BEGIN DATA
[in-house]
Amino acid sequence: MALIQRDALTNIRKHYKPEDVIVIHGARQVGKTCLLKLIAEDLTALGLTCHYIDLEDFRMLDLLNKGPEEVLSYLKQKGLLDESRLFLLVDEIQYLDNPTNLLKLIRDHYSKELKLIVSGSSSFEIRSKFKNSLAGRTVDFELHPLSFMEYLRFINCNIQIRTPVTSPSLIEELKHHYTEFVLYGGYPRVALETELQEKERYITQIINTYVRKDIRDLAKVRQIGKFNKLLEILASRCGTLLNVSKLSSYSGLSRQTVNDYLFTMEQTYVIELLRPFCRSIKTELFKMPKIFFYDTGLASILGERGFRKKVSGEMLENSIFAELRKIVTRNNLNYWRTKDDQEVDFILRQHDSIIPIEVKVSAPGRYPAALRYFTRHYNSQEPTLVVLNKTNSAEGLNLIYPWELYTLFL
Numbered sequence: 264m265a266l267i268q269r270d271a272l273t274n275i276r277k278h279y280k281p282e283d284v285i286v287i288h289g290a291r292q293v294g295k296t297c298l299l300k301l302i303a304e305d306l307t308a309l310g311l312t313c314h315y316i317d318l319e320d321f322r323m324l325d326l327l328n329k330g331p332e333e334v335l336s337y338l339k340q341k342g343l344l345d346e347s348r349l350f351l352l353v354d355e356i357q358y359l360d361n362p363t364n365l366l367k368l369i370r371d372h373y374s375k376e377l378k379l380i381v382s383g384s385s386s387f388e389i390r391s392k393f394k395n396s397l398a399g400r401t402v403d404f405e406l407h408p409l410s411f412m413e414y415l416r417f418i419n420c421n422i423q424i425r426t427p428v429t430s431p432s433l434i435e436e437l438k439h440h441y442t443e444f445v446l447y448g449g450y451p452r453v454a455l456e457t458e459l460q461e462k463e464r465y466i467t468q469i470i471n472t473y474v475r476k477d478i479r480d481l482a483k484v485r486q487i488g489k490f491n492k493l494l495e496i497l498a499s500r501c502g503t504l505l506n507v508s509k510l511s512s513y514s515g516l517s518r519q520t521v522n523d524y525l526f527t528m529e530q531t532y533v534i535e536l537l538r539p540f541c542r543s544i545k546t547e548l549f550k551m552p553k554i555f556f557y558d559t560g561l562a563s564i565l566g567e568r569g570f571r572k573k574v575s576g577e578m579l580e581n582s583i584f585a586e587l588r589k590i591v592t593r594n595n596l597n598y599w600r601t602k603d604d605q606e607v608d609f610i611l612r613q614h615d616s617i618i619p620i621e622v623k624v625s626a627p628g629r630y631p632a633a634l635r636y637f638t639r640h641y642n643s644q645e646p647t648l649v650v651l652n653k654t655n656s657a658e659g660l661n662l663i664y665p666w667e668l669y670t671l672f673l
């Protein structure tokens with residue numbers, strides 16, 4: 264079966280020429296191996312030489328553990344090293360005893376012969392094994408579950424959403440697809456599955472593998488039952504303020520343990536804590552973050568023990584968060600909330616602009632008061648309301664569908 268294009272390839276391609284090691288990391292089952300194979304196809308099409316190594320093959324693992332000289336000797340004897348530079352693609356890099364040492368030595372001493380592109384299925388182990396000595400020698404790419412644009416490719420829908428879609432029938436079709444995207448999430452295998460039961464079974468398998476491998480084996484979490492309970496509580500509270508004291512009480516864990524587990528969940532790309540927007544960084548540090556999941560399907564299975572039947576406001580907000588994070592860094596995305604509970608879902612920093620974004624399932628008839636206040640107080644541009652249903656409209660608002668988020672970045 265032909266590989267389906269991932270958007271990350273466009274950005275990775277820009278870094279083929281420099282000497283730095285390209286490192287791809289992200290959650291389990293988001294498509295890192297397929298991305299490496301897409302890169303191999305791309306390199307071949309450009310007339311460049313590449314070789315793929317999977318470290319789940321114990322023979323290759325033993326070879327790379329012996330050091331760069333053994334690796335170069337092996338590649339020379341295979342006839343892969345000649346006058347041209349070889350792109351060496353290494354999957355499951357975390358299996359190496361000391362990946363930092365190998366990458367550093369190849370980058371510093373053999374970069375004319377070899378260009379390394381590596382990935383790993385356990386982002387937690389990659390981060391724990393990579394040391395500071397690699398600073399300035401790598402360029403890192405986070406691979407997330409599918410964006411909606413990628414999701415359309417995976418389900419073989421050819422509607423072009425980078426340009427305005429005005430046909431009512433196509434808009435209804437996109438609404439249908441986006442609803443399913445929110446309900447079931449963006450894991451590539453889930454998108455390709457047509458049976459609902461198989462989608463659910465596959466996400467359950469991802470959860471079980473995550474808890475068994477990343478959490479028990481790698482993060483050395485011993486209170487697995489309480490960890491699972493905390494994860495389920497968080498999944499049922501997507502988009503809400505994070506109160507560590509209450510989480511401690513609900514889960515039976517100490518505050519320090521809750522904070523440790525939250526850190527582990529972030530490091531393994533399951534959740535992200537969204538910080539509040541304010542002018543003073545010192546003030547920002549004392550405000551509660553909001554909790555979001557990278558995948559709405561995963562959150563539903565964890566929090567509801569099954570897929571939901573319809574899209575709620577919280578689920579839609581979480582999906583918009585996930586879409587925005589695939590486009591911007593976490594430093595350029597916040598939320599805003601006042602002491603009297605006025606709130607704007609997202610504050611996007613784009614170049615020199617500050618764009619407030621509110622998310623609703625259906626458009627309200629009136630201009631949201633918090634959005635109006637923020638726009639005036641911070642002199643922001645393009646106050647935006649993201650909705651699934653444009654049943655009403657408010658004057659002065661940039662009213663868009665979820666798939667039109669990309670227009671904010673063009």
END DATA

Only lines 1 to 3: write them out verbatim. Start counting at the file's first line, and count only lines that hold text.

[in-house]
Amino acid sequence: MALIQRDALTNIRKHYKPEDVIVIHGARQVGKTCLLKLIAEDLTALGLTCHYIDLEDFRMLDLLNKGPEEVLSYLKQKGLLDESRLFLLVDEIQYLDNPTNLLKLIRDHYSKELKLIVSGSSSFEIRSKFKNSLAGRTVDFELHPLSFMEYLRFINCNIQIRTPVTSPSLIEELKHHYTEFVLYGGYPRVALETELQEKERYITQIINTYVRKDIRDLAKVRQIGKFNKLLEILASRCGTLLNVSKLSSYSGLSRQTVNDYLFTMEQTYVIELLRPFCRSIKTELFKMPKIFFYDTGLASILGERGFRKKVSGEMLENSIFAELRKIVTRNNLNYWRTKDDQEVDFILRQHDSIIPIEVKVSAPGRYPAALRYFTRHYNSQEPTLVVLNKTNSAEGLNLIYPWELYTLFL
Numbered sequence: 264m265a266l267i268q269r270d271a272l273t274n275i276r277k278h279y280k281p282e283d284v285i286v287i288h289g290a291r292q293v294g295k296t297c298l299l300k301l302i303a304e305d306l307t308a309l310g311l312t313c314h315y316i317d318l319e320d321f322r323m324l325d326l327l328n329k330g331p332e333e334v335l336s337y338l339k340q341k342g343l344l345d346e347s348r349l350f351l352l353v354d355e356i357q358y359l360d361n362p363t364n365l366l367k368l369i370r371d372h373y374s375k376e377l378k379l380i381v382s383g384s385s386s387f388e389i390r391s392k393f394k395n396s397l398a399g400r401t402v403d404f405e406l407h408p409l410s411f412m413e414y415l416r417f418i419n420c421n422i423q424i425r426t427p428v429t430s431p432s433l434i435e436e437l438k439h440h441y442t443e444f445v446l447y448g449g450y451p452r453v454a455l456e457t458e459l460q461e462k463e464r465y466i467t468q469i470i471n472t473y474v475r476k477d478i479r480d481l482a483k484v485r486q487i488g489k490f491n492k493l494l495e496i497l498a499s500r501c502g503t504l505l506n507v508s509k510l511s512s513y514s515g516l517s518r519q520t521v522n523d524y525l526f527t528m529e530q531t532y533v534i535e536l537l538r539p540f541c542r543s544i545k546t547e548l549f550k551m552p553k554i555f556f557y558d559t560g561l562a563s564i565l566g567e568r569g570f571r572k573k574v575s576g577e578m579l580e581n582s583i584f585a586e587l588r589k590i591v592t593r594n595n596l597n598y599w600r601t602k603d604d605q606e607v608d609f610i611l612r613q614h615d616s617i618i619p620i621e622v623k624v625s626a627p628g629r630y631p632a633a634l635r636y637f638t639r640h641y642n643s644q645e646p647t648l649v650v651l652n653k654t655n656s657a658e659g660l661n662l663i664y665p666w667e668l669y670t671l672f673l